For me, this wasn’t just a book. It was an opportunity to get a peek into the life of one of the greatest figures of our time. The changes this man, and his company brought into technology is nothing short of spectacular. But, like any other biography or autobiography, this book spends a lot of time on seemingly irrelevant things. After reading the book many people debated how Steve’s biological parents left an impact on him, and how this resulted in creating the man we all know. Not sure why then we don’t have more orphan / billion-dollar company / founders but seems like this is the consensus. Another example is Steve’s calligraphy class… right.

Now that my negative remarks are out, the book will deliver on ins and outs of Apple co-founder’s life. This story is told from his perspective, and I am sure that every Apple fanboy read it. However, if you are using Windows, Android phones and are not excited by one of the biggest business turnarounds of the century, you might want to skip this one.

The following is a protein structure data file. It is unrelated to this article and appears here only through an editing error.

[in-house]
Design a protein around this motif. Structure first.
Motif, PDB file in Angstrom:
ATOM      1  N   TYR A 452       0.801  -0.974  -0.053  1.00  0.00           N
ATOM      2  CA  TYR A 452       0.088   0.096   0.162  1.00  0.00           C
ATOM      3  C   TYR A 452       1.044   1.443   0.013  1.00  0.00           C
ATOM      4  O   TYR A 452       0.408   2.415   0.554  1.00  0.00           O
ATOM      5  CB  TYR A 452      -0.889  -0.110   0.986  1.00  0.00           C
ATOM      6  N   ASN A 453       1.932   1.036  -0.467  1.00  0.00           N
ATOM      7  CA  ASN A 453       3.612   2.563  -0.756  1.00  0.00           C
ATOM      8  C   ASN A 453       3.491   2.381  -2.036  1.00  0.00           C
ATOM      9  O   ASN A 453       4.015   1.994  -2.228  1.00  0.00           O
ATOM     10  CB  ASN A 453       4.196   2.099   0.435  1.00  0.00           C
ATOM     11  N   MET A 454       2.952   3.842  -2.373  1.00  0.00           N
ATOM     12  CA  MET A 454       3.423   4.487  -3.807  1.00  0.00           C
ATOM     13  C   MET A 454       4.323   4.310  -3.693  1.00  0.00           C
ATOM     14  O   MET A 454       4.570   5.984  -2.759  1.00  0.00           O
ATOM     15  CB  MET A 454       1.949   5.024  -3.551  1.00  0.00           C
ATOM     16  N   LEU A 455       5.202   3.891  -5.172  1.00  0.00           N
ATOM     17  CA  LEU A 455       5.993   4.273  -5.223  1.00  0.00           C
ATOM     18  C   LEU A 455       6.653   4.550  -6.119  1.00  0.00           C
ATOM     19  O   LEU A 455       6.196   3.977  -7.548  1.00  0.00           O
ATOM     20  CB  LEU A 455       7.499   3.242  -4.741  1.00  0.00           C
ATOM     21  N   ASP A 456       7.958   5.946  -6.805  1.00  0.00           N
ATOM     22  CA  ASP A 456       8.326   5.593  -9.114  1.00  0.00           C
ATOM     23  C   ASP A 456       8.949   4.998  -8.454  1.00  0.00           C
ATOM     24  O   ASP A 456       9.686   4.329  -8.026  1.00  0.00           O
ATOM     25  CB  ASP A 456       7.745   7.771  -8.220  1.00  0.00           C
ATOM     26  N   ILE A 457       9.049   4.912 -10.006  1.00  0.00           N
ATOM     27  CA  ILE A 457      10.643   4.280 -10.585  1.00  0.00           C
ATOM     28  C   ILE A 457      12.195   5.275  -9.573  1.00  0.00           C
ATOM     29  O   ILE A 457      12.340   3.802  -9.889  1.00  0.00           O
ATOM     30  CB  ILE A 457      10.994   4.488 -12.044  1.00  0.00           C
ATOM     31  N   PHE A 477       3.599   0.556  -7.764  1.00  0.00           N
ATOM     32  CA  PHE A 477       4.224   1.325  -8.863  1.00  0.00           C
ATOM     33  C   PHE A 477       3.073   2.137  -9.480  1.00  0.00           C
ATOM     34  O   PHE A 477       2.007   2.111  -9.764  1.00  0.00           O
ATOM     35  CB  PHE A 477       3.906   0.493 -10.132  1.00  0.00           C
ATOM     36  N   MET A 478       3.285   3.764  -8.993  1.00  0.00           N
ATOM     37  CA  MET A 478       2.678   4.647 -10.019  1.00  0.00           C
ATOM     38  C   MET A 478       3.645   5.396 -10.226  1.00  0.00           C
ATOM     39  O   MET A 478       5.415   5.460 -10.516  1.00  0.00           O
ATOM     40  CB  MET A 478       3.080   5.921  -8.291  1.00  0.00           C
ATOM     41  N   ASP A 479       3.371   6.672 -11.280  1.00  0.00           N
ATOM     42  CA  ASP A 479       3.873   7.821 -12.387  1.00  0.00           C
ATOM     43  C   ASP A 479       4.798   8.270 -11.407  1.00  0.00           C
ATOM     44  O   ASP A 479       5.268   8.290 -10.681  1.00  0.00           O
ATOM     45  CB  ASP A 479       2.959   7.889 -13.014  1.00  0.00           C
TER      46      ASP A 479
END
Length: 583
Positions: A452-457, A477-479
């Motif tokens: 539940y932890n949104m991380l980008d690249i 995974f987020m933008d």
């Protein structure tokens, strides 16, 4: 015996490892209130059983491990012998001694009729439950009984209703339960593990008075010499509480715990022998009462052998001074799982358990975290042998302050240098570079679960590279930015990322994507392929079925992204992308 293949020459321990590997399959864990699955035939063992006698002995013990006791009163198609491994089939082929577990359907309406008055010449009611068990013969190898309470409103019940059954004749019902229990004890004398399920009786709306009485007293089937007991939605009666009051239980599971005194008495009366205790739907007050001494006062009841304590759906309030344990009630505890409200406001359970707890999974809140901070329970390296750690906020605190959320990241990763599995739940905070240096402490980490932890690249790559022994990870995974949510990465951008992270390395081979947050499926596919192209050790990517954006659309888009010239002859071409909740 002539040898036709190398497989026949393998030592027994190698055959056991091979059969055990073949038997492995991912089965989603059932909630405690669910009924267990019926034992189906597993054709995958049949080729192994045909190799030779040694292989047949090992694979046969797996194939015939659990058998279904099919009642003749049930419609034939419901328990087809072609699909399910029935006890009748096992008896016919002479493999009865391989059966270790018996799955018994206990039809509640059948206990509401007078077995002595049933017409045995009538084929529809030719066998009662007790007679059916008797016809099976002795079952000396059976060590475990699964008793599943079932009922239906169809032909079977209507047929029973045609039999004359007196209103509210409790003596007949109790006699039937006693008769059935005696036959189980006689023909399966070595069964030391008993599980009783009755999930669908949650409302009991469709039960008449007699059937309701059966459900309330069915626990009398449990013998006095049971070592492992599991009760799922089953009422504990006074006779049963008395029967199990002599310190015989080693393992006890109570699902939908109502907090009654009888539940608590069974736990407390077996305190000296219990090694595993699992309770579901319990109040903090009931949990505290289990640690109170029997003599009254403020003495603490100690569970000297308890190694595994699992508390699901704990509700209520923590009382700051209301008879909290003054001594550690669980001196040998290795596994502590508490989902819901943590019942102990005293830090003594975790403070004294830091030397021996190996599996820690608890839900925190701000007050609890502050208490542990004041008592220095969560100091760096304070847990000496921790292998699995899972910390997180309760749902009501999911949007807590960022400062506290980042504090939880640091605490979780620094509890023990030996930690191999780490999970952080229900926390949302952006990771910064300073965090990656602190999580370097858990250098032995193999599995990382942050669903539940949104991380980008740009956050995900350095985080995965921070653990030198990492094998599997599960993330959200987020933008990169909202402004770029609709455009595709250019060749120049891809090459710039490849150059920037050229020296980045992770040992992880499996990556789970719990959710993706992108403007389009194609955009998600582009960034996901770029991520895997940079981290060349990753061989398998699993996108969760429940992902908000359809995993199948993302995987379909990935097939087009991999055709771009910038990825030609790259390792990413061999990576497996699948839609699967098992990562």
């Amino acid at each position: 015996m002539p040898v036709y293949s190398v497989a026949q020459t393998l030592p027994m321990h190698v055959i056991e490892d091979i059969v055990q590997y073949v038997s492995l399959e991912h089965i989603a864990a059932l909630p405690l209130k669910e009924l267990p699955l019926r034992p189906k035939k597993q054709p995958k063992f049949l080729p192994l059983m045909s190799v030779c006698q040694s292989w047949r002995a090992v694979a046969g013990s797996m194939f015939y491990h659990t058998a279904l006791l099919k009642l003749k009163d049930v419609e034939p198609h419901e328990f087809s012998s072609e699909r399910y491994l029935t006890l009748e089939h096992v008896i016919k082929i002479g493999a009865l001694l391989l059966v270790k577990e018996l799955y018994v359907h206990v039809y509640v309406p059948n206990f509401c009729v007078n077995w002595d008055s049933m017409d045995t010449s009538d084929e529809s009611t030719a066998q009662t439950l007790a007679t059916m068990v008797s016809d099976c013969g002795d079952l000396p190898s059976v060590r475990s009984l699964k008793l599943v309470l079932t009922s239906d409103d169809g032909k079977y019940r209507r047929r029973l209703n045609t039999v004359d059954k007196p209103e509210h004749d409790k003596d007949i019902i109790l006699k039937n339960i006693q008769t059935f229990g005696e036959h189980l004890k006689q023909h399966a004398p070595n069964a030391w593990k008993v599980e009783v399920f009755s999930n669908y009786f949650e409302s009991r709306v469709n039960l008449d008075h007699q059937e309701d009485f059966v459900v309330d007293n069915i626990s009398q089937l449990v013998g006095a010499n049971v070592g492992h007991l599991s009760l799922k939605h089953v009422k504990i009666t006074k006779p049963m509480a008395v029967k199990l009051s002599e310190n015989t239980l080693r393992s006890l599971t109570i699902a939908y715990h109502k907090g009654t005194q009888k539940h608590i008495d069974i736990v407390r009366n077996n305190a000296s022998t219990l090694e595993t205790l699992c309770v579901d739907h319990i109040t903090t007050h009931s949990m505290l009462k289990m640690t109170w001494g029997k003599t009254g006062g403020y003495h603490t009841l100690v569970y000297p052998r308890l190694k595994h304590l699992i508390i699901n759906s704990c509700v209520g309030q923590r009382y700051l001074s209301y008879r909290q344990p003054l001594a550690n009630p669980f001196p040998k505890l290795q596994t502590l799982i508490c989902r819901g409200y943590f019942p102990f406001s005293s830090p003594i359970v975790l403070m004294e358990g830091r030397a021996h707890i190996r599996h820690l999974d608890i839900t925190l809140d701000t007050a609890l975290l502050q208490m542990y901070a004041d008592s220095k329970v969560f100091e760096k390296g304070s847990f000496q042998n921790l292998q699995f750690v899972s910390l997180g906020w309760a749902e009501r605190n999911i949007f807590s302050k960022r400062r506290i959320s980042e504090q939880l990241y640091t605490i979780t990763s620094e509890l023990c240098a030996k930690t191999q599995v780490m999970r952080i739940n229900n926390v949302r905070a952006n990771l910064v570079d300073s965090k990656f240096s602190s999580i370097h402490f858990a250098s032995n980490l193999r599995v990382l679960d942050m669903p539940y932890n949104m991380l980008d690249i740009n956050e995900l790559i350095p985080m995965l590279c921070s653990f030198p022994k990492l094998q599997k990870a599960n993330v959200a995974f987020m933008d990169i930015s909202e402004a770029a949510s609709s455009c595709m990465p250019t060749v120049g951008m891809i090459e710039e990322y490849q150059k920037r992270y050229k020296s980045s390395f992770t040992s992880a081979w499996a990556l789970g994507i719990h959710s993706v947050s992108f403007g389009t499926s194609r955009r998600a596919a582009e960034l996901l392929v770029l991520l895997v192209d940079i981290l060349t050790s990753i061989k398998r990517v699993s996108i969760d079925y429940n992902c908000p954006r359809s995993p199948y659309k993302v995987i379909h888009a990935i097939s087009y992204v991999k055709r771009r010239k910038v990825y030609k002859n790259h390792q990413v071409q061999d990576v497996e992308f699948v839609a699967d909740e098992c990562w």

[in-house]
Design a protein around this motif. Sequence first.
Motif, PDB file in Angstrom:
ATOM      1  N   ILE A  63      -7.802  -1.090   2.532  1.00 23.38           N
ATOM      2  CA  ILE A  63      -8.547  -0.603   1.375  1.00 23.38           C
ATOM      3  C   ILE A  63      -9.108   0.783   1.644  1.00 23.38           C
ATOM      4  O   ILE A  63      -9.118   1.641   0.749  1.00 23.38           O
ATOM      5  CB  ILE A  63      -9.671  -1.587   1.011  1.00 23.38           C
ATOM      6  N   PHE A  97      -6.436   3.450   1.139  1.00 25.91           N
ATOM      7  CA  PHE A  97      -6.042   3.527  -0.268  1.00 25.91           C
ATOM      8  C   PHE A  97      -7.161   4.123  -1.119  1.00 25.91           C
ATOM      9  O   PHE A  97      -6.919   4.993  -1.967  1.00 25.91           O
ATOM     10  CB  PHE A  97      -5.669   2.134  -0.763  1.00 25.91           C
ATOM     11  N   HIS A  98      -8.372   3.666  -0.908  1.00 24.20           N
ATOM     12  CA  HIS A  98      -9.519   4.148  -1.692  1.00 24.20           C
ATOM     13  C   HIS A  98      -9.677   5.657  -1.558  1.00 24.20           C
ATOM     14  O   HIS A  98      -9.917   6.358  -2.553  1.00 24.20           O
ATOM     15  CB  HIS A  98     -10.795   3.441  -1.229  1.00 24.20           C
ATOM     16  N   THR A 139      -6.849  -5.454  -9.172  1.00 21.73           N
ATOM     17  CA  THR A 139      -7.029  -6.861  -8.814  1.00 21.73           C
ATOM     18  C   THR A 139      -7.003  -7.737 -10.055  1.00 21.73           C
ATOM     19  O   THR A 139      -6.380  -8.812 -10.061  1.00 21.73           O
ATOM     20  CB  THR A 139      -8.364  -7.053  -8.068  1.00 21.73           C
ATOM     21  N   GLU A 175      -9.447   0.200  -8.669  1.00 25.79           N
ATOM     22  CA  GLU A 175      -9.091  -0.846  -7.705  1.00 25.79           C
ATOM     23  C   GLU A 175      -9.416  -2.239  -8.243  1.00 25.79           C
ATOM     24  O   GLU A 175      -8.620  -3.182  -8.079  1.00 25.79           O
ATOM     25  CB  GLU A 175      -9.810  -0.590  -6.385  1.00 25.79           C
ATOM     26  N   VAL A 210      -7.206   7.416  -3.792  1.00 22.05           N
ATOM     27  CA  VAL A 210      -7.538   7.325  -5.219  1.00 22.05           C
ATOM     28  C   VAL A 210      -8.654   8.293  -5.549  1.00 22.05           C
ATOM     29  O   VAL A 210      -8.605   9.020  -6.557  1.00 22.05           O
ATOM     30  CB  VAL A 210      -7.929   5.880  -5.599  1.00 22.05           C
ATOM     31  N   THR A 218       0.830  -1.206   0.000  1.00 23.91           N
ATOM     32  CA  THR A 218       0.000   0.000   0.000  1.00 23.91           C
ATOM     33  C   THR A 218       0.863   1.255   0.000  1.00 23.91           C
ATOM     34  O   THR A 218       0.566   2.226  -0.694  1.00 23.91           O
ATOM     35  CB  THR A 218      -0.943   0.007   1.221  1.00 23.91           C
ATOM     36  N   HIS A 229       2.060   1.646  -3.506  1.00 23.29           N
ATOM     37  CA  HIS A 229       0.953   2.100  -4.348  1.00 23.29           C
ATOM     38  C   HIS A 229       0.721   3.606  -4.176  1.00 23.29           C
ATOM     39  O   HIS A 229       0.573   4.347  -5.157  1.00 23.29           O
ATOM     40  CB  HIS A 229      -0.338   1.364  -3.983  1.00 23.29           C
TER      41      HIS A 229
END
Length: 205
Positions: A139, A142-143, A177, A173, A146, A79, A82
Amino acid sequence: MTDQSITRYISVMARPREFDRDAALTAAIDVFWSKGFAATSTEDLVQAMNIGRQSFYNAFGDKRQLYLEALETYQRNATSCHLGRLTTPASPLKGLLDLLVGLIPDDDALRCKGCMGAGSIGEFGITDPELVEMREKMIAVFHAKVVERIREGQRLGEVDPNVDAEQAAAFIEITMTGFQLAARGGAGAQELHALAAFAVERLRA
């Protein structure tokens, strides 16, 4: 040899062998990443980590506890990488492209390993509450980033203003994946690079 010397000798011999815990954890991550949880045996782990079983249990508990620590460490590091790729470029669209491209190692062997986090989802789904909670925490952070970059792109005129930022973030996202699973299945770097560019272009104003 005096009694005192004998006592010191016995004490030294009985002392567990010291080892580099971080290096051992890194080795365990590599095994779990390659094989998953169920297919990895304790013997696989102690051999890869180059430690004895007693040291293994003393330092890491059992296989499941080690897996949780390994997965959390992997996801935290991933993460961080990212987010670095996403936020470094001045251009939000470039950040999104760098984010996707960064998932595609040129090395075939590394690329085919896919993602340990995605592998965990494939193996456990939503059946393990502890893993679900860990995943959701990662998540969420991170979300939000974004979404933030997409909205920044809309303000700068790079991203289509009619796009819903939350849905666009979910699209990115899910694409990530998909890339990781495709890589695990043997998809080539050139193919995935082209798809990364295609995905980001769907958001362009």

Total Recall: My Unbelievably True Life Story (Thorndike Press Large Print Nonfiction) by Arnold Schwarzenegger (2012-10-19) TOTAL RECALL: MY UNBELIEVABLY TRUE LIFE STORY – ARNOLD SCHWARZENEGGER

Bodybuilding, acting, politics, entrepreneurship, how in the world is something like this possible? The explanation resides in this unbelievably true life story! If you decide to opt-in for an equally entertaining unabridged audiobook, have in mind that Arnold Schwarzenegger reads only a small portion of the book. Anyway, I feel like I don’t have to pitch the book, but here’s just a tidbit. Arnold’s story is simply amazing and inspirational.